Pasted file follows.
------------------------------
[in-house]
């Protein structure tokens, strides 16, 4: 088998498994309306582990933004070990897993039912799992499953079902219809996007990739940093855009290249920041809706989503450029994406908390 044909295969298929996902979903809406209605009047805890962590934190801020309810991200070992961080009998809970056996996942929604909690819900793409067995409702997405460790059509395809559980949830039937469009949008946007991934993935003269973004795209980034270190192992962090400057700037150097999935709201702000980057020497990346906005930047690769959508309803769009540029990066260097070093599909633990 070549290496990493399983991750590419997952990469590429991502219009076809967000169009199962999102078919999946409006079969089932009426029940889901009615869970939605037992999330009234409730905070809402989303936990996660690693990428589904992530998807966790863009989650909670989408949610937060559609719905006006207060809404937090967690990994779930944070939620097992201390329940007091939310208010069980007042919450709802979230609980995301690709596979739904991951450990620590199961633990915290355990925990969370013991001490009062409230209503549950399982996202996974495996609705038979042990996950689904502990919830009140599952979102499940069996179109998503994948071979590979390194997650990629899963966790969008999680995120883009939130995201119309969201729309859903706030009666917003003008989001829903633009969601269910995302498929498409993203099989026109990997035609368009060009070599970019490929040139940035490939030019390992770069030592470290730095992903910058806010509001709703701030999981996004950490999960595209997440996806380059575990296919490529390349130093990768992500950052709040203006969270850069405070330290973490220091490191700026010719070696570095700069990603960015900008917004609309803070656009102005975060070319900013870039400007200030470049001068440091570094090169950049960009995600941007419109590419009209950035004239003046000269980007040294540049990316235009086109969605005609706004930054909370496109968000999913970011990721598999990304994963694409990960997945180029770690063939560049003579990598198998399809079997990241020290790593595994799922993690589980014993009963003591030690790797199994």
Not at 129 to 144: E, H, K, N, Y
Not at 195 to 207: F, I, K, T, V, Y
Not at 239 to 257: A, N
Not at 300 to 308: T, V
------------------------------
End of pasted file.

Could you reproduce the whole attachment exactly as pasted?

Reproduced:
[in-house]
């Protein structure tokens, strides 16, 4: 088998498994309306582990933004070990897993039912799992499953079902219809996007990739940093855009290249920041809706989503450029994406908390 044909295969298929996902979903809406209605009047805890962590934190801020309810991200070992961080009998809970056996996942929604909690819900793409067995409702997405460790059509395809559980949830039937469009949008946007991934993935003269973004795209980034270190192992962090400057700037150097999935709201702000980057020497990346906005930047690769959508309803769009540029990066260097070093599909633990 070549290496990493399983991750590419997952990469590429991502219009076809967000169009199962999102078919999946409006079969089932009426029940889901009615869970939605037992999330009234409730905070809402989303936990996660690693990428589904992530998807966790863009989650909670989408949610937060559609719905006006207060809404937090967690990994779930944070939620097992201390329940007091939310208010069980007042919450709802979230609980995301690709596979739904991951450990620590199961633990915290355990925990969370013991001490009062409230209503549950399982996202996974495996609705038979042990996950689904502990919830009140599952979102499940069996179109998503994948071979590979390194997650990629899963966790969008999680995120883009939130995201119309969201729309859903706030009666917003003008989001829903633009969601269910995302498929498409993203099989026109990997035609368009060009070599970019490929040139940035490939030019390992770069030592470290730095992903910058806010509001709703701030999981996004950490999960595209997440996806380059575990296919490529390349130093990768992500950052709040203006969270850069405070330290973490220091490191700026010719070696570095700069990603960015900008917004609309803070656009102005975060070319900013870039400007200030470049001068440091570094090169950049960009995600941007419109590419009209950035004239003046000269980007040294540049990316235009086109969605005609706004930054909370496109968000999913970011990721598999990304994963694409990960997945180029770690063939560049003579990598198998399809079997990241020290790593595994799922993690589980014993009963003591030690790797199994």
Not at 129 to 144: E, H, K, N, Y
Not at 195 to 207: F, I, K, T, V, Y
Not at 239 to 257: A, N
Not at 300 to 308: T, V